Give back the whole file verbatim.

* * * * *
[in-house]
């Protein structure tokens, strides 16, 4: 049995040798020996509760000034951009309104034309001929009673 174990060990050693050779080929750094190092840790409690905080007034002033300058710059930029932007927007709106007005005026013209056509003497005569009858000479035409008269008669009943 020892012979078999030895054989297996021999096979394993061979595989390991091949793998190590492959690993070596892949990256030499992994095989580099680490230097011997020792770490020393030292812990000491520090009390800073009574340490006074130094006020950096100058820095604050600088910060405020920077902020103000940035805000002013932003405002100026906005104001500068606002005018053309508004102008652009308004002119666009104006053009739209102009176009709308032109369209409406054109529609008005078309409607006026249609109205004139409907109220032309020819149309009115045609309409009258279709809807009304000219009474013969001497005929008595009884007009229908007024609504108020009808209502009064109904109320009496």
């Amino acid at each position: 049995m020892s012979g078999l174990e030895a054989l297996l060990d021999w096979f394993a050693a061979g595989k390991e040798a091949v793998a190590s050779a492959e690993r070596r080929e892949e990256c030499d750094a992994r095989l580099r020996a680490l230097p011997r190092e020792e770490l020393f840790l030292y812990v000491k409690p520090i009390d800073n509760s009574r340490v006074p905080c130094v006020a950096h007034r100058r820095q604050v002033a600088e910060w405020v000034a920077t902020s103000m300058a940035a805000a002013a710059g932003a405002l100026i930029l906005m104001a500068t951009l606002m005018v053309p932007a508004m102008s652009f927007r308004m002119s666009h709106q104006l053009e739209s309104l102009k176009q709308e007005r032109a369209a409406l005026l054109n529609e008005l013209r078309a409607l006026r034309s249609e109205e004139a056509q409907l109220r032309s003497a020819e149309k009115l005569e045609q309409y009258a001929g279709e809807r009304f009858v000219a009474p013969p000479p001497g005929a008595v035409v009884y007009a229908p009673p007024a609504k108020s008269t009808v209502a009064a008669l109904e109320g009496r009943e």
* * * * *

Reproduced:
[in-house]
């Protein structure tokens, strides 16, 4: 049995040798020996509760000034951009309104034309001929009673 174990060990050693050779080929750094190092840790409690905080007034002033300058710059930029932007927007709106007005005026013209056509003497005569009858000479035409008269008669009943 020892012979078999030895054989297996021999096979394993061979595989390991091949793998190590492959690993070596892949990256030499992994095989580099680490230097011997020792770490020393030292812990000491520090009390800073009574340490006074130094006020950096100058820095604050600088910060405020920077902020103000940035805000002013932003405002100026906005104001500068606002005018053309508004102008652009308004002119666009104006053009739209102009176009709308032109369209409406054109529609008005078309409607006026249609109205004139409907109220032309020819149309009115045609309409009258279709809807009304000219009474013969001497005929008595009884007009229908007024609504108020009808209502009064109904109320009496």
């Amino acid at each position: 049995m020892s012979g078999l174990e030895a054989l297996l060990d021999w096979f394993a050693a061979g595989k390991e040798a091949v793998a190590s050779a492959e690993r070596r080929e892949e990256c030499d750094a992994r095989l580099r020996a680490l230097p011997r190092e020792e770490l020393f840790l030292y812990v000491k409690p520090i009390d800073n509760s009574r340490v006074p905080c130094v006020a950096h007034r100058r820095q604050v002033a600088e910060w405020v000034a920077t902020s103000m300058a940035a805000a002013a710059g932003a405002l100026i930029l906005m104001a500068t951009l606002m005018v053309p932007a508004m102008s652009f927007r308004m002119s666009h709106q104006l053009e739209s309104l102009k176009q709308e007005r032109a369209a409406l005026l054109n529609e008005l013209r078309a409607l006026r034309s249609e109205e004139a056509q409907l109220r032309s003497a020819e149309k009115l005569e045609q309409y009258a001929g279709e809807r009304f009858v000219a009474p013969p000479p001497g005929a008595v035409v009884y007009a229908p009673p007024a609504k108020s008269t009808v209502a009064a008669l109904e109320g009496r009943e």